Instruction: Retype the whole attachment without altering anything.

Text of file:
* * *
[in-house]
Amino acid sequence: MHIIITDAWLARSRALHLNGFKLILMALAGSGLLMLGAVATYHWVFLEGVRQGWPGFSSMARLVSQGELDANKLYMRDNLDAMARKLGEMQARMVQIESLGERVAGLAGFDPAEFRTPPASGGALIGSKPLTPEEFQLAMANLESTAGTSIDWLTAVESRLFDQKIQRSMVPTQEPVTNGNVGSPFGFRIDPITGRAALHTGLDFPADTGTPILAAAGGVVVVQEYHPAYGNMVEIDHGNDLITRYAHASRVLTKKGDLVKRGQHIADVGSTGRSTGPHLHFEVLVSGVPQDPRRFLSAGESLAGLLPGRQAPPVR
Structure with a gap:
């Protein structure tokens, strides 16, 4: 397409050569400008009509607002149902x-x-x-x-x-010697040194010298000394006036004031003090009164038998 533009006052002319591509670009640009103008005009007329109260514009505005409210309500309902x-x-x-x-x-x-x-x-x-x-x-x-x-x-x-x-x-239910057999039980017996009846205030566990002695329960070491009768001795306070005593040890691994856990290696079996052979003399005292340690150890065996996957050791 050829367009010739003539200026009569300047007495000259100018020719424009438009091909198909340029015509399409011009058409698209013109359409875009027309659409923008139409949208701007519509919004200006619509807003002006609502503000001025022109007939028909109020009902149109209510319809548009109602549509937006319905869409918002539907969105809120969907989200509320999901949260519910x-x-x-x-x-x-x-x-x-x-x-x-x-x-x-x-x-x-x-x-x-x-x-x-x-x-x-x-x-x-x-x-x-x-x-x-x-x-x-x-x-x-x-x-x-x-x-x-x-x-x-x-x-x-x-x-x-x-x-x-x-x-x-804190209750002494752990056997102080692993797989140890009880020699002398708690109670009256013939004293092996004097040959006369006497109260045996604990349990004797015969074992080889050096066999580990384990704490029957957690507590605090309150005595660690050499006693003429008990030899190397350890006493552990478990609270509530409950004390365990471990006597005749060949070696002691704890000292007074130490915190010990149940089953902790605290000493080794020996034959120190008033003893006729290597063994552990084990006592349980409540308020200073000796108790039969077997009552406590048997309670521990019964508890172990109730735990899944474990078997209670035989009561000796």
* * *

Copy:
[in-house]
Amino acid sequence: MHIIITDAWLARSRALHLNGFKLILMALAGSGLLMLGAVATYHWVFLEGVRQGWPGFSSMARLVSQGELDANKLYMRDNLDAMARKLGEMQARMVQIESLGERVAGLAGFDPAEFRTPPASGGALIGSKPLTPEEFQLAMANLESTAGTSIDWLTAVESRLFDQKIQRSMVPTQEPVTNGNVGSPFGFRIDPITGRAALHTGLDFPADTGTPILAAAGGVVVVQEYHPAYGNMVEIDHGNDLITRYAHASRVLTKKGDLVKRGQHIADVGSTGRSTGPHLHFEVLVSGVPQDPRRFLSAGESLAGLLPGRQAPPVR
Structure with a gap:
């Protein structure tokens, strides 16, 4: 397409050569400008009509607002149902x-x-x-x-x-010697040194010298000394006036004031003090009164038998 533009006052002319591509670009640009103008005009007329109260514009505005409210309500309902x-x-x-x-x-x-x-x-x-x-x-x-x-x-x-x-x-239910057999039980017996009846205030566990002695329960070491009768001795306070005593040890691994856990290696079996052979003399005292340690150890065996996957050791 050829367009010739003539200026009569300047007495000259100018020719424009438009091909198909340029015509399409011009058409698209013109359409875009027309659409923008139409949208701007519509919004200006619509807003002006609502503000001025022109007939028909109020009902149109209510319809548009109602549509937006319905869409918002539907969105809120969907989200509320999901949260519910x-x-x-x-x-x-x-x-x-x-x-x-x-x-x-x-x-x-x-x-x-x-x-x-x-x-x-x-x-x-x-x-x-x-x-x-x-x-x-x-x-x-x-x-x-x-x-x-x-x-x-x-x-x-x-x-x-x-x-x-x-x-x-804190209750002494752990056997102080692993797989140890009880020699002398708690109670009256013939004293092996004097040959006369006497109260045996604990349990004797015969074992080889050096066999580990384990704490029957957690507590605090309150005595660690050499006693003429008990030899190397350890006493552990478990609270509530409950004390365990471990006597005749060949070696002691704890000292007074130490915190010990149940089953902790605290000493080794020996034959120190008033003893006729290597063994552990084990006592349980409540308020200073000796108790039969077997009552406590048997309670521990019964508890172990109730735990899944474990078997209670035989009561000796």